Can you hear me now?

­­Think about it; do you have any friends who purposefully live life without the aid of a cell phone?  You're probably thinking of that one existentialist guy who hates the government and refuses to "conform", but besides him, can you think of any cell-phone-less friend who doesn't make a big deal about it, but chooses not to spend their money on a blackberry (or any other type of cell phone)? People are expected to have cell phones nowadays, period.  If you don't, you're in between phones, and hating life until you renew your contract.  With this new requirement comes an inescapable slavery to technology, with everyone you know constantly capable of reaching you, if they so please.

There are, of course, absolute benefits to the development of cell phone technology.  Days are no longer ruined over a flat tire.  You can meet anyone anywhere, with little difficulty.  You can call a friend and be instantly reminded of that song lyric you've temporarily forgotten.  You can even Google it, Shazam it; whatever application you prefer.

But we get so caught up in the awesomeness of smart phones as they keep getting smarter, it's easy to forget the potential downsides of gluing your cheek to your iPhone.

As a society, we are completely debilitating our social skills by spending too much time talking to each other through a medium, instead of face-to-face.  If you find yourself shying away from real-life conversations to hide behind your phone screen, or having a full-blown text-conversation with someone while in the physical company of someone else, check yourself.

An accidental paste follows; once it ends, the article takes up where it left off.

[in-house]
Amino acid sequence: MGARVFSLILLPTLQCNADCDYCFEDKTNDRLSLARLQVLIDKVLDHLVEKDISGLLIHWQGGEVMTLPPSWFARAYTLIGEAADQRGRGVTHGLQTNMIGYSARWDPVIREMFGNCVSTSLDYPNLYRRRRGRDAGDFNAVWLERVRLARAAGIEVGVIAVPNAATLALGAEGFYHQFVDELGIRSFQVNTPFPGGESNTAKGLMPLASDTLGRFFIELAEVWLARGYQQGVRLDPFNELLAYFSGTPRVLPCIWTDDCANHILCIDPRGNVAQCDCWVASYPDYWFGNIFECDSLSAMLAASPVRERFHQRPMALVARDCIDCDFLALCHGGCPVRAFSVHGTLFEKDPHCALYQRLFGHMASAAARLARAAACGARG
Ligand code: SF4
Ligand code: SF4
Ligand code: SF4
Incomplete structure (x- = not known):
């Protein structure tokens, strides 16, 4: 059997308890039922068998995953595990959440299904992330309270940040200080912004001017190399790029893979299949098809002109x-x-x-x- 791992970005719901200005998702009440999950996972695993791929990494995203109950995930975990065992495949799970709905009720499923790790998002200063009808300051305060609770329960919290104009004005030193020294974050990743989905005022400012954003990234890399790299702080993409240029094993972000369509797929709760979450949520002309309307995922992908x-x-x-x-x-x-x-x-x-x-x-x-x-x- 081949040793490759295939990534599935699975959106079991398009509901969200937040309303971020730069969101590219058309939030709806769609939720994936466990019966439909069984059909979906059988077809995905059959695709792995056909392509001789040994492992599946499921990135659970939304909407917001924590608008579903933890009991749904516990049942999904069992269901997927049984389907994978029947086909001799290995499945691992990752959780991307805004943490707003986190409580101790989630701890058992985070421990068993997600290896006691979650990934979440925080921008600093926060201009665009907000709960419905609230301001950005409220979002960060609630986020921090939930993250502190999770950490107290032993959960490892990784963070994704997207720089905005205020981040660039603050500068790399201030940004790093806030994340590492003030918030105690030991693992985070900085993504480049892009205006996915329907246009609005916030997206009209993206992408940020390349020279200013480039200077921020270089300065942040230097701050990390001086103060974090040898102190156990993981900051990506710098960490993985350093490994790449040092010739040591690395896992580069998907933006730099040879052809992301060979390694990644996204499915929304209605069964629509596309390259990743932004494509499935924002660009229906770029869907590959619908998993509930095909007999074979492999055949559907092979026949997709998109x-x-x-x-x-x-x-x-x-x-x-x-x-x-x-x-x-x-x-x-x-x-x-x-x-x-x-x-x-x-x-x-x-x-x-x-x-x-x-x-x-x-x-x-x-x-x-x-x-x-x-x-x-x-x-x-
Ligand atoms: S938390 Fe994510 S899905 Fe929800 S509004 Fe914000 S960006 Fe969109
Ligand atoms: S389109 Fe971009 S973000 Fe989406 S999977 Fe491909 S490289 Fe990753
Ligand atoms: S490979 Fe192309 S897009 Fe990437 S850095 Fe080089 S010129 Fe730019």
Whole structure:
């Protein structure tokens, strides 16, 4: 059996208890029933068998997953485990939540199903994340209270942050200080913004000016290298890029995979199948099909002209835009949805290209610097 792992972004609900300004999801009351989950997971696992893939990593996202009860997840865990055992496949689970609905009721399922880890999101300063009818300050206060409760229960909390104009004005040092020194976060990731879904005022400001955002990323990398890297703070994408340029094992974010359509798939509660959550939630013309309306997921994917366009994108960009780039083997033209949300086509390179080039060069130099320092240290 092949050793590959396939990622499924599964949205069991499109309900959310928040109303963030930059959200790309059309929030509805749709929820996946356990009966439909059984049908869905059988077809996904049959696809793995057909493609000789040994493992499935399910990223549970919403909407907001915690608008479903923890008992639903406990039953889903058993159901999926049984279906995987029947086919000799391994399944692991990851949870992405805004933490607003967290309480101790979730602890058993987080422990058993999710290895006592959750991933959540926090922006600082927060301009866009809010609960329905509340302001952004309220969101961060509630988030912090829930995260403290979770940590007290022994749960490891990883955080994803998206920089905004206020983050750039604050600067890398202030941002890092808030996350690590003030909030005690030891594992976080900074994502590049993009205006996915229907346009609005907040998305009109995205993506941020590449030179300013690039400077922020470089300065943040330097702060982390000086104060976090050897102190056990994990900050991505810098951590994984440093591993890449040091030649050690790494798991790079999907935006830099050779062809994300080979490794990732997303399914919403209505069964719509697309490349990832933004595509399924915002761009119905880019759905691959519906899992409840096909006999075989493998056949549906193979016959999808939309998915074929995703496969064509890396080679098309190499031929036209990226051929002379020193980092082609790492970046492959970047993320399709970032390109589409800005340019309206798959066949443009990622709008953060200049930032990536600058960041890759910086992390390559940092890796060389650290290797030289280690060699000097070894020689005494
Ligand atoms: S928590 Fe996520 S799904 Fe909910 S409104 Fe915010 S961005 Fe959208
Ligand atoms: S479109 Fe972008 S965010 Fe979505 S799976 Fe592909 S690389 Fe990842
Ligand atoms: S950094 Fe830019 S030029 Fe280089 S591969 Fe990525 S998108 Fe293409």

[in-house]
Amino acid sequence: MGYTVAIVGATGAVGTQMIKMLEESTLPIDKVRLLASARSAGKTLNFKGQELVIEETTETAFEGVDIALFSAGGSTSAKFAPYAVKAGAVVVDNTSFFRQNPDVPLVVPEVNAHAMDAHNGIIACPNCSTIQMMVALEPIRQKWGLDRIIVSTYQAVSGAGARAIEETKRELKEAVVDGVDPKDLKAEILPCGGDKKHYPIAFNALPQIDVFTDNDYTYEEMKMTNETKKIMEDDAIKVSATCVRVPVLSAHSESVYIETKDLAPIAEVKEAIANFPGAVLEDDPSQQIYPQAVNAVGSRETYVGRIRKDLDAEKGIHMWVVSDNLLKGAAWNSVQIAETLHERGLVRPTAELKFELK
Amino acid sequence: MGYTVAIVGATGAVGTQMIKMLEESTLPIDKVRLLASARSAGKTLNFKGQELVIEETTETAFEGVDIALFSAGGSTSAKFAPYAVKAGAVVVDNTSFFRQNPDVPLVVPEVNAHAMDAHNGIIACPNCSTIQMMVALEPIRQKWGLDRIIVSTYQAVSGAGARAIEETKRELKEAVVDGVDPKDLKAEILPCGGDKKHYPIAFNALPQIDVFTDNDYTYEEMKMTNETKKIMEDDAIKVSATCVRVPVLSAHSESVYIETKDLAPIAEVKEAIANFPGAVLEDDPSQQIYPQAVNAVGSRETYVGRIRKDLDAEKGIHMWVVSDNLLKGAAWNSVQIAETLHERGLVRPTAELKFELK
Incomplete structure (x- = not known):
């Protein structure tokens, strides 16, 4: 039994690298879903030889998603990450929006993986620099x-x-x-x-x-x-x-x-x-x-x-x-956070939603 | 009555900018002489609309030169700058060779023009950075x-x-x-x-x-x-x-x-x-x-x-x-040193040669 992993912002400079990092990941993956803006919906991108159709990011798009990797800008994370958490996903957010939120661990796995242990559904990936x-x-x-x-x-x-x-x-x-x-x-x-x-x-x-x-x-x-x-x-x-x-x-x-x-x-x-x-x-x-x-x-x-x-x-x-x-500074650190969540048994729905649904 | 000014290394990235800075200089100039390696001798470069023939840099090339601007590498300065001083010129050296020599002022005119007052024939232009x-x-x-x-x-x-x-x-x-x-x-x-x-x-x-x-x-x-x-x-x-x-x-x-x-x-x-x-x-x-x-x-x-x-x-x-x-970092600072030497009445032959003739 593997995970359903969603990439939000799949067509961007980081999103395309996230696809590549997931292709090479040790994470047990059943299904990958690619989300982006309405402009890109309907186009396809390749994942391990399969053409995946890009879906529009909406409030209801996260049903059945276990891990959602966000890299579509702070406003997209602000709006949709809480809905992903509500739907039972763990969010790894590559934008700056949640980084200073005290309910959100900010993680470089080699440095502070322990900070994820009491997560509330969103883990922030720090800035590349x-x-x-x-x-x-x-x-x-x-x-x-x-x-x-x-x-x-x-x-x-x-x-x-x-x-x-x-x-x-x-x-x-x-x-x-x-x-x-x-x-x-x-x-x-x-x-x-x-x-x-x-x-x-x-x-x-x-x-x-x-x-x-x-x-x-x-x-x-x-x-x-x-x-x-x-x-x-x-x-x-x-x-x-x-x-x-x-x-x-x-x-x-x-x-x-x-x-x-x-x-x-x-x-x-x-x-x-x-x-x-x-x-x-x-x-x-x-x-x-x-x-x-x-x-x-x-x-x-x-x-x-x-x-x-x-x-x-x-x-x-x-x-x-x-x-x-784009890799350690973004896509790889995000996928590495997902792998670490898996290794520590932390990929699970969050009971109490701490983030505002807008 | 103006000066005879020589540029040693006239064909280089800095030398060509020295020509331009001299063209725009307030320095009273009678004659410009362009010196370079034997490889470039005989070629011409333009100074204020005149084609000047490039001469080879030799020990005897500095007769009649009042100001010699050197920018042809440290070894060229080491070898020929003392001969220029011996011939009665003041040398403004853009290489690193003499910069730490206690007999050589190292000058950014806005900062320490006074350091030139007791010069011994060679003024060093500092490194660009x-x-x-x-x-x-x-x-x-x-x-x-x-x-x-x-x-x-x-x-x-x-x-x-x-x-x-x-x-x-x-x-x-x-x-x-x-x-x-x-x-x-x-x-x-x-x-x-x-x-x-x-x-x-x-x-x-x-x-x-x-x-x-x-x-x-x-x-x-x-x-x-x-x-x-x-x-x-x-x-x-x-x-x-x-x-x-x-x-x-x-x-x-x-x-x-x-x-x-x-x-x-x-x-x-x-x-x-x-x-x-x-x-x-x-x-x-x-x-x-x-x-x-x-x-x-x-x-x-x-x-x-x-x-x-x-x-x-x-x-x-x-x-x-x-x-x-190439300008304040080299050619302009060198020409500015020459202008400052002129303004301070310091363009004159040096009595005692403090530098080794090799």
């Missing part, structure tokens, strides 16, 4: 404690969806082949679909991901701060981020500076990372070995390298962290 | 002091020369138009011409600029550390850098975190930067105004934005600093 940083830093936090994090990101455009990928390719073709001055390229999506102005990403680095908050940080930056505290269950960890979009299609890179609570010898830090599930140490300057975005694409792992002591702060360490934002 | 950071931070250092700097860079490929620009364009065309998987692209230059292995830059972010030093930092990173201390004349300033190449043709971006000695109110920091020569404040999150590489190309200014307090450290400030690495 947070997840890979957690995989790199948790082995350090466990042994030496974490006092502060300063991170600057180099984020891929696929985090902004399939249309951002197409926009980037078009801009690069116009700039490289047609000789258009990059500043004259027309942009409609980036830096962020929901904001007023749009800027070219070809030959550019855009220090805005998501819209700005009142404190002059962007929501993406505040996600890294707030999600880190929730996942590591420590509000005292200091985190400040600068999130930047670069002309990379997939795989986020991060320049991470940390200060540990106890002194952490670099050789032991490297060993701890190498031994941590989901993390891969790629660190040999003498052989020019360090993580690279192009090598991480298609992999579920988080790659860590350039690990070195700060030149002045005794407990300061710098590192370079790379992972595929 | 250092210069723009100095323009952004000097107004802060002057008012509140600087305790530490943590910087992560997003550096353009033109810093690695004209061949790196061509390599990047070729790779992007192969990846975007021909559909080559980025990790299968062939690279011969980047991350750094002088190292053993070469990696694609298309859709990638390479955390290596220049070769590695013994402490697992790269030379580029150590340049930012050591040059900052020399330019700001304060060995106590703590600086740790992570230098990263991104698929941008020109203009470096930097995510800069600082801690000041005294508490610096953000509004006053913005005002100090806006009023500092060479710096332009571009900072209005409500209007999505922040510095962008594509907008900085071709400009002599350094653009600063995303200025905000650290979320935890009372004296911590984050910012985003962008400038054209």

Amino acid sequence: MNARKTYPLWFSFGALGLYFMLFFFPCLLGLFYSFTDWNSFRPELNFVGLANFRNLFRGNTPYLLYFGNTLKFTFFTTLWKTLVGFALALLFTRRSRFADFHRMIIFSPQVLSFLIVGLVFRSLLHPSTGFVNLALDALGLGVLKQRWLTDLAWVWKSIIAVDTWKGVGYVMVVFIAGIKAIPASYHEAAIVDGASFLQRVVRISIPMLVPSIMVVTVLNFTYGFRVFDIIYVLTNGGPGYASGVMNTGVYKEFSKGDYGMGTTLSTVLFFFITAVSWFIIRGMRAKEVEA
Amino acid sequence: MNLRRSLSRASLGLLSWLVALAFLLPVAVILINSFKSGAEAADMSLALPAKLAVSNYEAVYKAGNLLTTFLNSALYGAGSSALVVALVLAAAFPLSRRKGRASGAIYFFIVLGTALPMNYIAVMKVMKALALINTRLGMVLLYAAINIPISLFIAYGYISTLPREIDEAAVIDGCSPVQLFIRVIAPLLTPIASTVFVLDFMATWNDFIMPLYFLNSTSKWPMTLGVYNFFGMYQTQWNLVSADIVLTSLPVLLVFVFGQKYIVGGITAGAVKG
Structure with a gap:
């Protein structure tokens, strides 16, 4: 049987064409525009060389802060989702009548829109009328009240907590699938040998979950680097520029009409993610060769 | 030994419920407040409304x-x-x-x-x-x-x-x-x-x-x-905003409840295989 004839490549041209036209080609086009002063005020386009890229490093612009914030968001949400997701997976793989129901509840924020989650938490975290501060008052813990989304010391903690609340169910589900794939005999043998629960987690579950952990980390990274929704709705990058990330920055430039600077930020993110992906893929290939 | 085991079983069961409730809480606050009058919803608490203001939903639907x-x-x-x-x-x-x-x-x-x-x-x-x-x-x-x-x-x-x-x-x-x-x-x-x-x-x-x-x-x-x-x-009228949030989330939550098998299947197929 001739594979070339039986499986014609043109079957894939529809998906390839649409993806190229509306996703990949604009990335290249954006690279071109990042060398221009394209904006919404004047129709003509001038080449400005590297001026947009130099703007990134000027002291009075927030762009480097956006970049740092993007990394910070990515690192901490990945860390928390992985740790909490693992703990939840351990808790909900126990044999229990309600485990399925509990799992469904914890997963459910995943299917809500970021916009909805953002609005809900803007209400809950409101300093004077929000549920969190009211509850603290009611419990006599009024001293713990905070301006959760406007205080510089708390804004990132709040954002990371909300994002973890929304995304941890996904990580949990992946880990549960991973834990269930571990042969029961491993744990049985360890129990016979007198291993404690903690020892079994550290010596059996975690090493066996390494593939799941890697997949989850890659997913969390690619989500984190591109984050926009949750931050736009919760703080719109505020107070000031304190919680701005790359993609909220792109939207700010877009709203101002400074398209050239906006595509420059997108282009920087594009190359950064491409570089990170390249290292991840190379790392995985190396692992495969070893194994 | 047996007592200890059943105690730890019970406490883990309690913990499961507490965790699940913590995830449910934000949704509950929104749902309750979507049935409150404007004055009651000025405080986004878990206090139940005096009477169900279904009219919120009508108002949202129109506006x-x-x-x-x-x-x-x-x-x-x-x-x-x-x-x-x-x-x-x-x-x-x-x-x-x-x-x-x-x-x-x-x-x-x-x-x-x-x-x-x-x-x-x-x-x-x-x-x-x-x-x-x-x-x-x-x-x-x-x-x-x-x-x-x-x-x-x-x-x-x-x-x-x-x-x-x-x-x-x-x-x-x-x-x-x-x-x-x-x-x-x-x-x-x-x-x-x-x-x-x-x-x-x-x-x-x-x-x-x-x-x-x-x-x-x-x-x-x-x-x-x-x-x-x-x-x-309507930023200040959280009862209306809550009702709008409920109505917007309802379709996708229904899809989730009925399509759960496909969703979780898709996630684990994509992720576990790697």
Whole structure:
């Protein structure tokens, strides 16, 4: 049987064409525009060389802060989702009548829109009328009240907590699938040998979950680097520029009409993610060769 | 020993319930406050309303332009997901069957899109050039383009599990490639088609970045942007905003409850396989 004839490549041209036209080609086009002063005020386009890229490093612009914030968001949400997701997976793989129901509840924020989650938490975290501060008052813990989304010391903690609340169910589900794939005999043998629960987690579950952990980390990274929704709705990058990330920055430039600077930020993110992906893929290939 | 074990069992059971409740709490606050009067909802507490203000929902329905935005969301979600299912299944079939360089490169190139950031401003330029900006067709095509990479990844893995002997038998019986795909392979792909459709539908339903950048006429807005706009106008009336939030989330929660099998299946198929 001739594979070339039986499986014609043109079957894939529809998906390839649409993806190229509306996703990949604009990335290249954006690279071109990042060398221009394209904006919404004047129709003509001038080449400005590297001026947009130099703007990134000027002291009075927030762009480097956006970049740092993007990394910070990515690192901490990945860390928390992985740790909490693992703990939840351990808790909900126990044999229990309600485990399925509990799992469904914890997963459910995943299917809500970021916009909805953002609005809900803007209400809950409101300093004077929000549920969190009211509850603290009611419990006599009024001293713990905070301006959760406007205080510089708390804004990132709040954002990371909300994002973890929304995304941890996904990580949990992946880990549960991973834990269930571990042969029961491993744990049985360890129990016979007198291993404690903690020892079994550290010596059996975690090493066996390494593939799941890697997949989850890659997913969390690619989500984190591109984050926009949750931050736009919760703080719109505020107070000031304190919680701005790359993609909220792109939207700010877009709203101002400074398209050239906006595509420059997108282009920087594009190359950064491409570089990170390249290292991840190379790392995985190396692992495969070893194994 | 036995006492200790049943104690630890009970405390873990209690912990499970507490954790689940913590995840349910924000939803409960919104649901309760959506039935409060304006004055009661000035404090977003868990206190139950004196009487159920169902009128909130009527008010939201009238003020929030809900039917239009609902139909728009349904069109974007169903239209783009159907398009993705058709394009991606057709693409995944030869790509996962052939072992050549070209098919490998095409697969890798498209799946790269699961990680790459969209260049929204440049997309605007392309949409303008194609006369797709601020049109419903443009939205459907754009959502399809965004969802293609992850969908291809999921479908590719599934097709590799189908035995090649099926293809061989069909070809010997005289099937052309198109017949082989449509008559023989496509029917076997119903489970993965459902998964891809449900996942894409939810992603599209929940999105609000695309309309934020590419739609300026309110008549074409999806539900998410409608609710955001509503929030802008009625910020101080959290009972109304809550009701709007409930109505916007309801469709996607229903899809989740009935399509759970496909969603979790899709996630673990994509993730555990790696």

You're never going to have to stop interacting with people in person, so don't let yourself get uncomfortable with it just because we are part of such a technological generation.  At the very least, be aware of your cop outs and conversational hesitations.  Only then can you begin to correct them.

Remember back in your "play-date" days when you had your three best friends' numbers memorized?  You were only seven, but you could remember series of numbers pretty easily.  Did you ever consider memorizing phone numbers as a beneficial subconscious exercise for your memory?  Maybe you wouldn't have to repeat an address 972 times in your head to remember it if you had spent your life memorizing numbers instead of entering them once into your phone and never seeing them again.

Attention spans seem to be rapidly decreasing.  We are a part of the Adderall generation as much as we are a part of the technology generation; may I suggest the two are related?

Today information is presented and stored so rapidly, we barely have a chance to absorb anything anymore, and it may very well be taking its toll.  Maybe we are increasing the number of people diagnosed with ADD because of the speed at which information is transmitted and how constantly we are bombarded with media.  With your nose in your phone, and the constant checking of your Facebook, you're overwhelming your senses.

So get off the meds and read a book.  Trust that your maybe-boyfriend doesn't need another update of how boring work might be and let him get to know you in person.  At the very least, give yourself the chance to be interesting and articulate.